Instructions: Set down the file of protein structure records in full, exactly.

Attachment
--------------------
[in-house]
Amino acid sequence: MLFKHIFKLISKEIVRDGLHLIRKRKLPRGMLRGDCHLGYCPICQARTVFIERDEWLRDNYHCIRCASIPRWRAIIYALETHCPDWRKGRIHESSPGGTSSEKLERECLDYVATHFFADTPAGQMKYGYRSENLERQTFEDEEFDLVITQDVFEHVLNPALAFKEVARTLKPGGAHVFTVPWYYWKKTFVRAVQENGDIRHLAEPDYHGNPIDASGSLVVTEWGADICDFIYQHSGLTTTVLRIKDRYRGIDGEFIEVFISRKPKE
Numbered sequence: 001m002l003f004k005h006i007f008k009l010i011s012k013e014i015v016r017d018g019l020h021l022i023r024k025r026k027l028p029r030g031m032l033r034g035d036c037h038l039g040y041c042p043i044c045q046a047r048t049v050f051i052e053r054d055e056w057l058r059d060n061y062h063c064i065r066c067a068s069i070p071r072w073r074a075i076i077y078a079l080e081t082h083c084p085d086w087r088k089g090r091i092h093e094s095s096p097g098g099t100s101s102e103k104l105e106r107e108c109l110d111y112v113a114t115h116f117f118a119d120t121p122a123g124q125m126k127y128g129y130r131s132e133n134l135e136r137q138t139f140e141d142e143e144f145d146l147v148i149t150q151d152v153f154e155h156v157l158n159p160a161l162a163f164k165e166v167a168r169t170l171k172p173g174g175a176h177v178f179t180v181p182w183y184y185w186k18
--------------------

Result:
[in-house]
Amino acid sequence: MLFKHIFKLISKEIVRDGLHLIRKRKLPRGMLRGDCHLGYCPICQARTVFIERDEWLRDNYHCIRCASIPRWRAIIYALETHCPDWRKGRIHESSPGGTSSEKLERECLDYVATHFFADTPAGQMKYGYRSENLERQTFEDEEFDLVITQDVFEHVLNPALAFKEVARTLKPGGAHVFTVPWYYWKKTFVRAVQENGDIRHLAEPDYHGNPIDASGSLVVTEWGADICDFIYQHSGLTTTVLRIKDRYRGIDGEFIEVFISRKPKE
Numbered sequence: 001m002l003f004k005h006i007f008k009l010i011s012k013e014i015v016r017d018g019l020h021l022i023r024k025r026k027l028p029r030g031m032l033r034g035d036c037h038l039g040y041c042p043i044c045q046a047r048t049v050f051i052e053r054d055e056w057l058r059d060n061y062h063c064i065r066c067a068s069i070p071r072w073r074a075i076i077y078a079l080e081t082h083c084p085d086w087r088k089g090r091i092h093e094s095s096p097g098g099t100s101s102e103k104l105e106r107e108c109l110d111y112v113a114t115h116f117f118a119d120t121p122a123g124q125m126k127y128g129y130r131s132e133n134l135e136r137q138t139f140e141d142e143e144f145d146l147v148i149t150q151d152v153f154e155h156v157l158n159p160a161l162a163f164k165e166v167a168r169t170l171k172p173g174g175a176h177v178f179t180v181p182w183y184y185w186k18